Pneumonitis is defined as a focal or diffuse inflammation of the lung parenchyma, and is a known, potentially fatal toxicity of anti–programmed death 1 (PD-1)/ programmed death ligand 1 (PD-L1) immune checkpoint inhibitors. Herein we discuss two patients who developed pneumonitis secondary to anti–PD-1/PD-L1 immune checkpoint inhibitor therapy and illustrate a stepwise approach to the diagnostic evaluation and management of anti–PD-1/PD-L1–related pneumonitis. In the majority of patients who develop this toxicity, pneumonitis appears to clinically resolve with corticosteroid therapy alone; however, a subset of patients require additional immunosuppressive medications. Patients who clinically improve with steroid treatment must be monitored closely in the outpatient setting. In patients who develop a second episode of pneumonitis, steroids should be restarted and tapered slowly. If pneumonitis management results in complete clinical and radiologic resolution, patients may be able to restart their immune checkpoint inhibitor therapy. It is currently unclear which population of patients is more susceptible to developing higher-grade or steroid-refractory pneumonitis.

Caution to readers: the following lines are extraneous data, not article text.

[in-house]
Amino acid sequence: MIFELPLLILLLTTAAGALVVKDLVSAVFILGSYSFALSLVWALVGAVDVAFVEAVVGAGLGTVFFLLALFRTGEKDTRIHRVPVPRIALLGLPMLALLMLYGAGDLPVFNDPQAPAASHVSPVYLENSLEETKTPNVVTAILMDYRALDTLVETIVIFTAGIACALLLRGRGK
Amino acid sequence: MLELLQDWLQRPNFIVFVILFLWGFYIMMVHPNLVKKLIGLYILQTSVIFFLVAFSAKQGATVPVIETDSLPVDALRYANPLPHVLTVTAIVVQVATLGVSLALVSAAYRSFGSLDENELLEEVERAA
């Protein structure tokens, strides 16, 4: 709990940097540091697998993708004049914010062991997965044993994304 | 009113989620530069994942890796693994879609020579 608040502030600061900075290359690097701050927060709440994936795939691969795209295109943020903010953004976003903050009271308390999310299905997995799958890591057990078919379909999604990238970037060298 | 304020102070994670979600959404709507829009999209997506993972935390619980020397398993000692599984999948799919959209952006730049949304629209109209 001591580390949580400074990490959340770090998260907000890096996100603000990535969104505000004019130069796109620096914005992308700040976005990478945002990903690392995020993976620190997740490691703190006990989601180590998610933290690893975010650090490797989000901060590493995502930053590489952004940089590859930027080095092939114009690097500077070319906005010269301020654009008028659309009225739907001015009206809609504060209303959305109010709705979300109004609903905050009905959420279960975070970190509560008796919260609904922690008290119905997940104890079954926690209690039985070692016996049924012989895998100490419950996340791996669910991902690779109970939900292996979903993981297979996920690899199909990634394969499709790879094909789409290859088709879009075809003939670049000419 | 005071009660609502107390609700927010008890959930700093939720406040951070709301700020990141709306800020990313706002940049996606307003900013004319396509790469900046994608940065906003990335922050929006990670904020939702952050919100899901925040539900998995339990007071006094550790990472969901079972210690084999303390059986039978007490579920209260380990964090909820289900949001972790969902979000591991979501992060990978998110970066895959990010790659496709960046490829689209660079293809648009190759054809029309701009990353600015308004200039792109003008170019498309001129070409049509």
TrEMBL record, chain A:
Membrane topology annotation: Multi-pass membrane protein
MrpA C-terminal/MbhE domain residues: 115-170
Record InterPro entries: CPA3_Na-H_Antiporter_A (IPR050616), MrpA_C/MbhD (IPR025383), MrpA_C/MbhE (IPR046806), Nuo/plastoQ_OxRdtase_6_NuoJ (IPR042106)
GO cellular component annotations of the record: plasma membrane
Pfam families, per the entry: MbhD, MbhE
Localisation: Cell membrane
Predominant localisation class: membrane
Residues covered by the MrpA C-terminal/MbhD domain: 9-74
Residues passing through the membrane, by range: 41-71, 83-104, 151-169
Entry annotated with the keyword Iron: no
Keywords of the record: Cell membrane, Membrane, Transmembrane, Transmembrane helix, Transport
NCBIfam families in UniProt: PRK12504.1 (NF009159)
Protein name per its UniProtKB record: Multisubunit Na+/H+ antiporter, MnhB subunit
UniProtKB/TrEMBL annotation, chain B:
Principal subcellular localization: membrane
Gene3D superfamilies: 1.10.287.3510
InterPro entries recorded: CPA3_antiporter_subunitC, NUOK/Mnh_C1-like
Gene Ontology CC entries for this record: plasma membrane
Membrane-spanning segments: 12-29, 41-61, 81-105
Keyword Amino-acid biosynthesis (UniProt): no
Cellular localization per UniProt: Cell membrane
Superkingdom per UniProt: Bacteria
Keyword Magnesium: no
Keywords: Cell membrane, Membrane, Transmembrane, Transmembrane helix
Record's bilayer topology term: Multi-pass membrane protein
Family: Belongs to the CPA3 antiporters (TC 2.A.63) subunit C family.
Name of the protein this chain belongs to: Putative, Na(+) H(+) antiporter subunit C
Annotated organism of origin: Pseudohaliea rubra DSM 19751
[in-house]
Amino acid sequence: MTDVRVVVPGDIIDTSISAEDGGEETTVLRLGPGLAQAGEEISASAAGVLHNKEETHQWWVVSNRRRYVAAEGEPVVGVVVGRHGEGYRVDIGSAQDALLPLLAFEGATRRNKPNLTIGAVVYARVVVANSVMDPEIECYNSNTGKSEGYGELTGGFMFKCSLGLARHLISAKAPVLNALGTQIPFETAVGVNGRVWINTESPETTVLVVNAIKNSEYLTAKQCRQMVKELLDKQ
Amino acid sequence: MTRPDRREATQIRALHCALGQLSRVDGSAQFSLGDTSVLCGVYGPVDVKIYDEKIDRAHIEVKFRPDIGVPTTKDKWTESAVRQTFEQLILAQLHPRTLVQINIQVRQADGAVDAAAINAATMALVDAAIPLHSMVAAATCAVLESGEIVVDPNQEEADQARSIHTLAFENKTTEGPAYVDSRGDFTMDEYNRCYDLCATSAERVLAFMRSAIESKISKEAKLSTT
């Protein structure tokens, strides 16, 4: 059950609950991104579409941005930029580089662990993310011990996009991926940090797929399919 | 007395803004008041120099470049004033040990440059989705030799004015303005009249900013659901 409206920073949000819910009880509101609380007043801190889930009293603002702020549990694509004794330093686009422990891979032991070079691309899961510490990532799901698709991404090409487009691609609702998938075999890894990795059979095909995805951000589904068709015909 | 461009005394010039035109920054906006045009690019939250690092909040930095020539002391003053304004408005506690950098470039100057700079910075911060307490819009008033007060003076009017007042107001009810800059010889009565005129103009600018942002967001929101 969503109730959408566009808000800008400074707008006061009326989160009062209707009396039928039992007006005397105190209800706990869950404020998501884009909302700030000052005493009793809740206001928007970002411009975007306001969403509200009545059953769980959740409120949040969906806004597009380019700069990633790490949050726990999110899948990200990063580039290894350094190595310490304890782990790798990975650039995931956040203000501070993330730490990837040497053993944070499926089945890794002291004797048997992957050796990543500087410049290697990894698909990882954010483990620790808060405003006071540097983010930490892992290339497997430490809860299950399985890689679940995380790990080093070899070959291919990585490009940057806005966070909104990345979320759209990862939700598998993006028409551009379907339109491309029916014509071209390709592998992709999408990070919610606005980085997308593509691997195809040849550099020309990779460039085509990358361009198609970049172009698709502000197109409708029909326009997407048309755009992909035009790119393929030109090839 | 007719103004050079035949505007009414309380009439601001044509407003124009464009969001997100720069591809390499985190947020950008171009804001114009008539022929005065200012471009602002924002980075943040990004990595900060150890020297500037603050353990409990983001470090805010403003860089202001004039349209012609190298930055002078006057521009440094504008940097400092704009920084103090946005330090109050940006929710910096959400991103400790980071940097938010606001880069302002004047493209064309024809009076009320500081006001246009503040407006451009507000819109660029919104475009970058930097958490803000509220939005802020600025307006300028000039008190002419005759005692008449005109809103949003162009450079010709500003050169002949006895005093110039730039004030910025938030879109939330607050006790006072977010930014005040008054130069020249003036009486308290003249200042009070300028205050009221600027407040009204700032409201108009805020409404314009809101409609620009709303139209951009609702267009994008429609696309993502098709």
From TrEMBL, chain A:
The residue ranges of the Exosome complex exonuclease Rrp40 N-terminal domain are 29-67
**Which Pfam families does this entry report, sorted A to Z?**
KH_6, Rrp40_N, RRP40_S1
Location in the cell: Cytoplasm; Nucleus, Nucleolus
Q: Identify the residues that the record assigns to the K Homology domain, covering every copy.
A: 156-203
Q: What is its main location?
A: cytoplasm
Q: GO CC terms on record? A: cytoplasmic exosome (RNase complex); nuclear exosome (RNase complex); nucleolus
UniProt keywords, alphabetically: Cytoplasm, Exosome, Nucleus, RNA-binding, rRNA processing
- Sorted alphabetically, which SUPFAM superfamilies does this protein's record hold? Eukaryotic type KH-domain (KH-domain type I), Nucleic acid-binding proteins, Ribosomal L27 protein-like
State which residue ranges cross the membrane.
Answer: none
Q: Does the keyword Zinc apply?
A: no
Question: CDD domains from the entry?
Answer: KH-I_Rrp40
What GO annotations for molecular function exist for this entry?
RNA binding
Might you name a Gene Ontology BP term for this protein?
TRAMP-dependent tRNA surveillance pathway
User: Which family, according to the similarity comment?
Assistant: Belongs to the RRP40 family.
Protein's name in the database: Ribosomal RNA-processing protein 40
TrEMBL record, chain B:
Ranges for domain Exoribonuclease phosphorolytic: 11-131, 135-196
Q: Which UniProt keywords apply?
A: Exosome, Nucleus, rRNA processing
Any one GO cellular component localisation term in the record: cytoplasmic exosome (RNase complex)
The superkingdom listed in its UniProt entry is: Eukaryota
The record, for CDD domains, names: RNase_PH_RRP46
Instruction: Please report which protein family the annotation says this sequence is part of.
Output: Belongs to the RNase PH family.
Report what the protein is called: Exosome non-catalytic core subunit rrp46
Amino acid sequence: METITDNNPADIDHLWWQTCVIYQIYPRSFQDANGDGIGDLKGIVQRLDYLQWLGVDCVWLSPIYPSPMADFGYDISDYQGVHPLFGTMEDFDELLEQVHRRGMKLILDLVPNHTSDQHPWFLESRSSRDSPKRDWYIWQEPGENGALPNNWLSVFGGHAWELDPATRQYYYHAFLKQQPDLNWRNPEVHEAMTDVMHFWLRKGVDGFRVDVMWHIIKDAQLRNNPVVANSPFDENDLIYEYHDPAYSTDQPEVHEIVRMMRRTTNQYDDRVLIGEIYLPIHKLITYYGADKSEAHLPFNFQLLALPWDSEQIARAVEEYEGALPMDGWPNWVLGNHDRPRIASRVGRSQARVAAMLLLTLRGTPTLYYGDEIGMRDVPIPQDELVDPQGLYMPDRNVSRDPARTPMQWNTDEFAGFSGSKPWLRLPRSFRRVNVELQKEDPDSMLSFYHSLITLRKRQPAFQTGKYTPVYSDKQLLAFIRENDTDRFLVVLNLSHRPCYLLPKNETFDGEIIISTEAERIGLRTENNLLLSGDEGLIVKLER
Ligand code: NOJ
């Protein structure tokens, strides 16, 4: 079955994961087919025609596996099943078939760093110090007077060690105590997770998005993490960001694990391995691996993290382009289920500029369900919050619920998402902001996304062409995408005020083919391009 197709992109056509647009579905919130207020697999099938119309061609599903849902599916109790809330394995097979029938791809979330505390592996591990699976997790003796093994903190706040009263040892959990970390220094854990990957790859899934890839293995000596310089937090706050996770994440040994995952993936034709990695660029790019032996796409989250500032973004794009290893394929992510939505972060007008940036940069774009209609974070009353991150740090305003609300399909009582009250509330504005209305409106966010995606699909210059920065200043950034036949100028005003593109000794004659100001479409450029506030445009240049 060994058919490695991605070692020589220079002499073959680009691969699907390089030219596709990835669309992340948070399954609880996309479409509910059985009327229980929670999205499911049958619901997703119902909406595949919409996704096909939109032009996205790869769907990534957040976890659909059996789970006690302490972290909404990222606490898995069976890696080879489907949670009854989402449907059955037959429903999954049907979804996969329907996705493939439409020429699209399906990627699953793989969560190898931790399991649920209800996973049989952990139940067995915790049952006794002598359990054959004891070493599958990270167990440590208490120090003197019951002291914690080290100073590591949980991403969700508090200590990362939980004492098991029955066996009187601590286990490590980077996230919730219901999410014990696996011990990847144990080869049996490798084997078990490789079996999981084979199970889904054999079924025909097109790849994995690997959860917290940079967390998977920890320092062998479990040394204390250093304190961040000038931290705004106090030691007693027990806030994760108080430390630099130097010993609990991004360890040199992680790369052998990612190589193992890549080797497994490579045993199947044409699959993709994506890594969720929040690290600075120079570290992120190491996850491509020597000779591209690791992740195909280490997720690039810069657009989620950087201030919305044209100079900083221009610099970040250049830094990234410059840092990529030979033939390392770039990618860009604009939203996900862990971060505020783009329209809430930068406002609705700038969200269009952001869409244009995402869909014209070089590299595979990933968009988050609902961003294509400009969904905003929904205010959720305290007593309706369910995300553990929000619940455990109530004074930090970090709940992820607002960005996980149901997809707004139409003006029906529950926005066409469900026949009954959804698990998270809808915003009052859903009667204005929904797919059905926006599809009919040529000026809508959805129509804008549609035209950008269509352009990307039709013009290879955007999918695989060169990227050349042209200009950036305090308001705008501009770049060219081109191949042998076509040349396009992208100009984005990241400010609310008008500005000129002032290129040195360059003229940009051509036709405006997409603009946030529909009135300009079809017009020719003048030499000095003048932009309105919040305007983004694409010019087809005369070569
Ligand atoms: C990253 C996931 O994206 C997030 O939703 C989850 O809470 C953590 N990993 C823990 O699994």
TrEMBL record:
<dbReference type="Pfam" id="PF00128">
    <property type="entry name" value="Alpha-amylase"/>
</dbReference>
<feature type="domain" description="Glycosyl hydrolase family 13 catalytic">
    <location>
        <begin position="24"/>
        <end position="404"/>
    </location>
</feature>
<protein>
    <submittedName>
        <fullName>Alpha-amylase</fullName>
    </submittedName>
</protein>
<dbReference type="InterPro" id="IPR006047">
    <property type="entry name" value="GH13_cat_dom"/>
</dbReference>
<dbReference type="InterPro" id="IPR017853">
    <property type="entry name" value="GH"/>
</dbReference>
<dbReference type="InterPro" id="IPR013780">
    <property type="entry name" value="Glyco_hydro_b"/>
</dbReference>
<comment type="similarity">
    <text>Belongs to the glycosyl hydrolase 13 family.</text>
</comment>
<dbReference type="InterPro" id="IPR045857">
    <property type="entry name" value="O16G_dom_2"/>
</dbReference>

|Original language||English (US)|
|Number of pages||16|
|Journal||ONCOLOGY (United States)|
|State||Published - Oct 2017|
ASJC Scopus subject areas
- Cancer Research